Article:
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Re: idea

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  • mdh6214
    Although Tallahassee has a population of roughly 200,000, we average roughly one traffic fatality every two to three months--and a pedestrian/cyclist fatality
    Message 1 of 11 , Jul 8, 2002
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      Although Tallahassee has a population of roughly 200,000, we
      average roughly one traffic fatality every two to three months--and
      a pedestrian/cyclist fatality only once a year. Especially near the
      three college campuses in town, this surprises me that they're
      not weekly occurances.

      Usually, these accidents are responded to with a brief article in
      the local newspaper explaining how the accident happened.
      Here's a pattern I've noticed:

      - If a pedestrian or cyclist was killed, either (a) s/he was drunk, or
      (b) she was out at night or in the rain without proper lighting. Of
      course, this makes it "their fault".

      - If a driver was killed, they usually were not wearing a seat belt. If
      alcohol was involved, the newspaper will mention that too.

      - If the driver was a high school student, the death will spark area
      high schools to aggressively state that you should not drive
      drunk or without a seatbelt, since most of the time, one of those
      two situations most likely caused the student to die.

      During spring break week of 2000, a few students of my former
      high school was in an SUV, no seatbelts, high-school-age drunk
      driver, racing back to their parents' house on a nearby vacation
      island. The SUV flipped, and one of them died. The school and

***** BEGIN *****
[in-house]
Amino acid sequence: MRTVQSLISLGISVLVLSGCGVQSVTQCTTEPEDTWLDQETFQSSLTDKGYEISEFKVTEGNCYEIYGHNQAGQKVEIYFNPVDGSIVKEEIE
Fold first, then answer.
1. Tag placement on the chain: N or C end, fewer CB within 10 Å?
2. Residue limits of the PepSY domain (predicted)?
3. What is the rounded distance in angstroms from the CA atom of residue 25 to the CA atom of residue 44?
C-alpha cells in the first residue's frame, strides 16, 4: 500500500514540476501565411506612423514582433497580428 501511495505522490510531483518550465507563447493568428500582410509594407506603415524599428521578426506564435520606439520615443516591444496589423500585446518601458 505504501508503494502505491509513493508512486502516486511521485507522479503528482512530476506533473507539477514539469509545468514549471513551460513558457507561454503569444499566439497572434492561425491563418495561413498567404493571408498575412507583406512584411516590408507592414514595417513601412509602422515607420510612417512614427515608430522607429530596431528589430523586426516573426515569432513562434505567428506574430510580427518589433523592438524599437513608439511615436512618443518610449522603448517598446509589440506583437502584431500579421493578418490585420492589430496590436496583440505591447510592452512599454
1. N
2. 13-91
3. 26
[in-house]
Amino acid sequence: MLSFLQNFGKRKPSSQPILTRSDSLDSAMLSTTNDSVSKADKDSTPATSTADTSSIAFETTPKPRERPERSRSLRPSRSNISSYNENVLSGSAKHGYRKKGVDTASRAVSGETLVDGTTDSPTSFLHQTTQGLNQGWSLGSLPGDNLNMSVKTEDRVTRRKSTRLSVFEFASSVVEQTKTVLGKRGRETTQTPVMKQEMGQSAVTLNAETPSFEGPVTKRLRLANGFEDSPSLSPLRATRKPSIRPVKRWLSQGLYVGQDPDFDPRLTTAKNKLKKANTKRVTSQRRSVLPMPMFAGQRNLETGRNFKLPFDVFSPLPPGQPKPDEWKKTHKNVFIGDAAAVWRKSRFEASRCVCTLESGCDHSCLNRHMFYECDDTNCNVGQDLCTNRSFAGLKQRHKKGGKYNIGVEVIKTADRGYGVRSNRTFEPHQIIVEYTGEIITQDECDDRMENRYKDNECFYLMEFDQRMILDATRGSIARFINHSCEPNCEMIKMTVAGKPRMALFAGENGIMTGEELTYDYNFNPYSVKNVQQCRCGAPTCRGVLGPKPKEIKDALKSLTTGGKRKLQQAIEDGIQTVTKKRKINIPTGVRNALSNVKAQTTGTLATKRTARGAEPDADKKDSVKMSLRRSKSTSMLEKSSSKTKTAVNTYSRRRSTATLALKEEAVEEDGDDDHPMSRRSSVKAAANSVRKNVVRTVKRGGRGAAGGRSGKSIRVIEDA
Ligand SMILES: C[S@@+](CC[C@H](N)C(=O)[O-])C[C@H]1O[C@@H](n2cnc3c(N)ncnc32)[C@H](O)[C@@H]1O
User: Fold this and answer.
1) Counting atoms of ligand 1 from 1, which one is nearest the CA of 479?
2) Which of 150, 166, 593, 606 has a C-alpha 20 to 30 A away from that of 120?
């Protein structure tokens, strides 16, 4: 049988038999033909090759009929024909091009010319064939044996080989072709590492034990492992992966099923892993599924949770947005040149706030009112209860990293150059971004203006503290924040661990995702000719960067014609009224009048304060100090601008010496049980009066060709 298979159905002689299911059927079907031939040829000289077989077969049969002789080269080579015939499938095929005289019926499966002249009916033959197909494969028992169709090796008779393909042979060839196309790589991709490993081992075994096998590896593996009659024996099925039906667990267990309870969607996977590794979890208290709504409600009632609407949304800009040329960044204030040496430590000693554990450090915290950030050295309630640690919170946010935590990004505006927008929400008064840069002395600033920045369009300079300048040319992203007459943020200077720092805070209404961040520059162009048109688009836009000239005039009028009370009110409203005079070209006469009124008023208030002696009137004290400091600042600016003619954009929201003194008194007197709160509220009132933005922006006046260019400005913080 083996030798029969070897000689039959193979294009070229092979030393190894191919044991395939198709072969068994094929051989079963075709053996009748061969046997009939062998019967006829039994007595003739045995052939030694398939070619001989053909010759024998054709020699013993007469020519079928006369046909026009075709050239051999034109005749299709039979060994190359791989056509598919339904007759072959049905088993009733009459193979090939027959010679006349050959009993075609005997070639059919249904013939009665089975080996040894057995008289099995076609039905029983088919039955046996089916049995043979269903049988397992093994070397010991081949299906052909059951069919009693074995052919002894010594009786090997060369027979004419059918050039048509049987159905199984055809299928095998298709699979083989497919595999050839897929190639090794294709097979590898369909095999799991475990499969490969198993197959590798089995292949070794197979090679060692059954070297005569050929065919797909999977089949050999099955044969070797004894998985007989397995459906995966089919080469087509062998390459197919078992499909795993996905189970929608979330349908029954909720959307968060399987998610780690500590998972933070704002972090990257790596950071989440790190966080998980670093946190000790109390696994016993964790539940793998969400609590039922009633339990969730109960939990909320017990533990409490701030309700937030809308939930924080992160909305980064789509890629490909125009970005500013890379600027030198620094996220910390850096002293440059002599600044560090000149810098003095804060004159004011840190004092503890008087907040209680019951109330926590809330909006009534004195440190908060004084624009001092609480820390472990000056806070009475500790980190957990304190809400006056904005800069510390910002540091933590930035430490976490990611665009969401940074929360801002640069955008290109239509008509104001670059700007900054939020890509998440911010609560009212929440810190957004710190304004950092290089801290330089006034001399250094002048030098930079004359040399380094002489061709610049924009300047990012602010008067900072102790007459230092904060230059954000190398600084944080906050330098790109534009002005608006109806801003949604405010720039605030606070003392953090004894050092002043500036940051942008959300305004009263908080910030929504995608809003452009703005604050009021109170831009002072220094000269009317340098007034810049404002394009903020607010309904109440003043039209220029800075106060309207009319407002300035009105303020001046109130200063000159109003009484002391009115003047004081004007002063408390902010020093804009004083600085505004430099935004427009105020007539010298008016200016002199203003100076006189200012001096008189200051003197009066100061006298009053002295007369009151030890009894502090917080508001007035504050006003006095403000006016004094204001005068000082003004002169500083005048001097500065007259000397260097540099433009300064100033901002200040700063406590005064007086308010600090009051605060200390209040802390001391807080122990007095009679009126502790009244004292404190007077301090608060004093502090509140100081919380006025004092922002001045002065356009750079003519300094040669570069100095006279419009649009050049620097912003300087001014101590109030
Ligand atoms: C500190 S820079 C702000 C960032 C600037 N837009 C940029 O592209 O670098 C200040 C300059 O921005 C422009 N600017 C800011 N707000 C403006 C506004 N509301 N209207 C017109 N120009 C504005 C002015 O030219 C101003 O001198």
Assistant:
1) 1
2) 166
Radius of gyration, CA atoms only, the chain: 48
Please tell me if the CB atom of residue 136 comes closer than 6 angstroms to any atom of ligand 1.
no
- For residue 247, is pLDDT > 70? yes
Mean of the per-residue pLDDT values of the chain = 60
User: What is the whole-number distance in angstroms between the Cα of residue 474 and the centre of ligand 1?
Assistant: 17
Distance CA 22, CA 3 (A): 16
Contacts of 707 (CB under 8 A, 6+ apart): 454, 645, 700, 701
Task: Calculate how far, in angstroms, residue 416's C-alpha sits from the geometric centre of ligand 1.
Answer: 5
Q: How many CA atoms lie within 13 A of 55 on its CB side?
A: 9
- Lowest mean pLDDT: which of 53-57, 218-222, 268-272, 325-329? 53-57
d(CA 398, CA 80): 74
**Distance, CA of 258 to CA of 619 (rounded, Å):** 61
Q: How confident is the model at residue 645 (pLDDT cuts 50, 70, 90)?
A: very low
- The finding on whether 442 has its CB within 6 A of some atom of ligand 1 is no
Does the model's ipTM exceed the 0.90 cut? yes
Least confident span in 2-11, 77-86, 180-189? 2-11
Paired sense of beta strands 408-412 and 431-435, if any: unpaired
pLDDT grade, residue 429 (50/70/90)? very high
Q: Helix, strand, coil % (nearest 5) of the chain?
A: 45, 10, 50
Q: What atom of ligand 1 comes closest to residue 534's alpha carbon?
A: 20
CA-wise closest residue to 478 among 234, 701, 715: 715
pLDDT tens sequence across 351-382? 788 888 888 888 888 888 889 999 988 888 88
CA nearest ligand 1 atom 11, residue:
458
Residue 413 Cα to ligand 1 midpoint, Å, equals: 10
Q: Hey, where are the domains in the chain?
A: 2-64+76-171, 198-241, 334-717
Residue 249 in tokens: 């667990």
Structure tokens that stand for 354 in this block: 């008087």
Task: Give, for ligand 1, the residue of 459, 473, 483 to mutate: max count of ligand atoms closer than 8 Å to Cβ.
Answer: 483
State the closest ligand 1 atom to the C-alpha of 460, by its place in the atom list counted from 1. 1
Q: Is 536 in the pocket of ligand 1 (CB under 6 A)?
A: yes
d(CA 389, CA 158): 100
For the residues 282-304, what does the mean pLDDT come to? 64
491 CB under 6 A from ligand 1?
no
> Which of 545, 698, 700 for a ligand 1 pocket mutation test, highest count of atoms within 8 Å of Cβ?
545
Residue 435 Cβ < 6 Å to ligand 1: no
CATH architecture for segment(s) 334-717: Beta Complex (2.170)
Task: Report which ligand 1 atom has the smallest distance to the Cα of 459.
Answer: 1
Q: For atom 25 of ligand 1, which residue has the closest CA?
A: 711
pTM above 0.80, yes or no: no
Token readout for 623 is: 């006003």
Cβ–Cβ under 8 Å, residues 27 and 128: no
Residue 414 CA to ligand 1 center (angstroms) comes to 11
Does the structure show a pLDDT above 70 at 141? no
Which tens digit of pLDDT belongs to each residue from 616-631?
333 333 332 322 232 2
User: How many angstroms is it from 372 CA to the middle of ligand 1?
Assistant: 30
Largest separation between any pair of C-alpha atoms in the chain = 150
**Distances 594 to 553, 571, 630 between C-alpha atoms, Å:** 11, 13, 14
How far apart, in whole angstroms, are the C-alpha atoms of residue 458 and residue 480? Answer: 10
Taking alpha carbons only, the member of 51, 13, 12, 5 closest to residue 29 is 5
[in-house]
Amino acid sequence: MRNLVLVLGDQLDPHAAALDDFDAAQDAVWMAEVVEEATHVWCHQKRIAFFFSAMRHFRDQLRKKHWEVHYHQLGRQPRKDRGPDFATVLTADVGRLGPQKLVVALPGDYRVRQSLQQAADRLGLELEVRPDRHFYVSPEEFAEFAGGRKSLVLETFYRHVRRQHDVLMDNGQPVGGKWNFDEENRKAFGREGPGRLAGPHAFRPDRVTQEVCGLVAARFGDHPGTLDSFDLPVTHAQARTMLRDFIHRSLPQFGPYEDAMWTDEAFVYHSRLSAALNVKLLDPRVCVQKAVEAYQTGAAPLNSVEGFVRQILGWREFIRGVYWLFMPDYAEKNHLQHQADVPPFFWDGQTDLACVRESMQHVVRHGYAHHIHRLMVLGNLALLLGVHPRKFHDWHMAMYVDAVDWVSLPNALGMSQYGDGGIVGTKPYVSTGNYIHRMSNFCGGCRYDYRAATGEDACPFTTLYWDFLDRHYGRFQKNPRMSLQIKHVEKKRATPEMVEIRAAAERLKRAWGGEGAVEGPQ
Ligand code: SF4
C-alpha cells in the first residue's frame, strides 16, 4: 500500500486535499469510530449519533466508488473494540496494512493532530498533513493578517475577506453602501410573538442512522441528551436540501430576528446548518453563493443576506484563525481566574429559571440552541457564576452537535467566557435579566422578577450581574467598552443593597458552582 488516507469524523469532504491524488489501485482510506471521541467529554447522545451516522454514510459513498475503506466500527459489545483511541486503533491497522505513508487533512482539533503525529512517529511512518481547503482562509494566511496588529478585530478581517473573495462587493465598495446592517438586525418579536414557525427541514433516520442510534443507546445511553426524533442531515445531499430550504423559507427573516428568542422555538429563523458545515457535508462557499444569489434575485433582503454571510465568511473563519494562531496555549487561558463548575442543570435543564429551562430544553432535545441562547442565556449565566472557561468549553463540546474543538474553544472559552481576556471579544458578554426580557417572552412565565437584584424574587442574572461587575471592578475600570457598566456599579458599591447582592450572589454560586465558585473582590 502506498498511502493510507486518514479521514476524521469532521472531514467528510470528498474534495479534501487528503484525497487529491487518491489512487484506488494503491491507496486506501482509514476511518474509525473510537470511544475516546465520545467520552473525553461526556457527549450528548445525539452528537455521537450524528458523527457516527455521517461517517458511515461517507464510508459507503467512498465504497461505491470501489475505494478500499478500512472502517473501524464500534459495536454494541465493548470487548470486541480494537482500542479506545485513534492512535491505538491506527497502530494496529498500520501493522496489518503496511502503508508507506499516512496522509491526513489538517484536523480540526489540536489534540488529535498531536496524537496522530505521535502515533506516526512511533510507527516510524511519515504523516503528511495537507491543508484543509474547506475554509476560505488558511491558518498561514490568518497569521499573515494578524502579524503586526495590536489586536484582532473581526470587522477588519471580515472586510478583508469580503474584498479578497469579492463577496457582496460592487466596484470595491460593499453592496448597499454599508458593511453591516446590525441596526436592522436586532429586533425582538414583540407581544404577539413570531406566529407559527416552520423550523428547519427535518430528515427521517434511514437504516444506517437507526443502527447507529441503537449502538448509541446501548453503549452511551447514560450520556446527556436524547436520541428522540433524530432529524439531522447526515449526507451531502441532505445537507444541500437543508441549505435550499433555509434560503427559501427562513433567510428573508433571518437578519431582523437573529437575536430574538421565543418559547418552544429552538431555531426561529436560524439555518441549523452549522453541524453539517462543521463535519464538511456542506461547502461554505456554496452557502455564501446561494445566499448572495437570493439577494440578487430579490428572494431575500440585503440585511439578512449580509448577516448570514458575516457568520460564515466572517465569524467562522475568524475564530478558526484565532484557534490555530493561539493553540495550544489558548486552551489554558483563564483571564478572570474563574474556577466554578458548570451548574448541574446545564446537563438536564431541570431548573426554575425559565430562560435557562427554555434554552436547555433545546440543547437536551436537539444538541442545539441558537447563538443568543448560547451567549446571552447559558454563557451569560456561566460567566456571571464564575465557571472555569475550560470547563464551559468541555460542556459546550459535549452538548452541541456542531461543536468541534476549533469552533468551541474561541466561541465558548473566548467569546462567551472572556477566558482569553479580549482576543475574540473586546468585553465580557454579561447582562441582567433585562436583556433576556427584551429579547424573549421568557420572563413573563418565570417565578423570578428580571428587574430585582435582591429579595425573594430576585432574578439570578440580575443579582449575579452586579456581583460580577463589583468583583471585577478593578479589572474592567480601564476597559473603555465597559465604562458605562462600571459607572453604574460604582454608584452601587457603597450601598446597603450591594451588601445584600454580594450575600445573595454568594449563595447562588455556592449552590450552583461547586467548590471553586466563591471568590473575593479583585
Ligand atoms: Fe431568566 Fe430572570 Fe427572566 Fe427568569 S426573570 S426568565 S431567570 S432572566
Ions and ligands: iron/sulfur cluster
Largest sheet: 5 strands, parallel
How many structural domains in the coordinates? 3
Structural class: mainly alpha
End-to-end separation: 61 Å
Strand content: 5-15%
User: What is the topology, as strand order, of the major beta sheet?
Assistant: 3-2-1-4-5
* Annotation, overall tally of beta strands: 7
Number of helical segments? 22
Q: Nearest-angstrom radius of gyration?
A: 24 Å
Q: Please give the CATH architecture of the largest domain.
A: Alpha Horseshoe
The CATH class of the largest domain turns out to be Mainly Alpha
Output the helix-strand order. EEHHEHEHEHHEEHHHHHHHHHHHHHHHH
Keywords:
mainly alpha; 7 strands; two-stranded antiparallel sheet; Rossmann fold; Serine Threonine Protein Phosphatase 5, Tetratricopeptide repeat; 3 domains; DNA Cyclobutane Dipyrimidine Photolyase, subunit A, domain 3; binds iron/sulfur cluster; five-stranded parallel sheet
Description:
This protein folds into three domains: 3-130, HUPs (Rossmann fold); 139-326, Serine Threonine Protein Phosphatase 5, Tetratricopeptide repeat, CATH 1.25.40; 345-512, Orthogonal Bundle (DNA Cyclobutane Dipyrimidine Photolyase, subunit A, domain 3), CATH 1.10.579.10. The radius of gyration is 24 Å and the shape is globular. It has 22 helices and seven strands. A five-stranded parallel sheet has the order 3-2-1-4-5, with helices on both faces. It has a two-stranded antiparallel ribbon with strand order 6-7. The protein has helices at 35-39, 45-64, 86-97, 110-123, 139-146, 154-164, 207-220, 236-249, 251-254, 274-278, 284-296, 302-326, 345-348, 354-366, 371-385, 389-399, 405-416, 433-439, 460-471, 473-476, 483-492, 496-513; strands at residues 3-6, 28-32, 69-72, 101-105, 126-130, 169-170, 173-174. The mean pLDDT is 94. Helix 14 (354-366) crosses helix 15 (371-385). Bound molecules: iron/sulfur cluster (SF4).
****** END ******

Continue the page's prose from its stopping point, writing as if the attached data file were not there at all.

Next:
family of the dead student launched a massive "Buckle up for
      Dale" campaign with bumper stickers, billboards, and the like. I
      heard reports that high school students were driving away from
      his funeral--without seat belts. Why? Because it won't happen to
      them, of course. To this say, you see vehicles with "Buckle up for
      Dale" bumper stickers with no occupants wearing seat belts.

      It is going to be extremely hard to get across the point of how
      dangerous auto use really is. Again--it'll never happen to me.
      Ever. That's what Dale said too. Plus, many Americans continue
      their perception of auto use as the safest mode of transportation,
      despite statistics.

      > Each year, one of the reporters should contact the families or
      friends
      > on those killed the _previous_ year to see if they have done
      anything
      > during the subsequent year to reduce the chance that they or
      another
      > loved one would die on the roads in the future. It is this lack of
      > followup action (and even the feeling that the world can change
      the
      > situation) that we should be exposing.
      >
      > Chris Bradshaw
      > Ottawa
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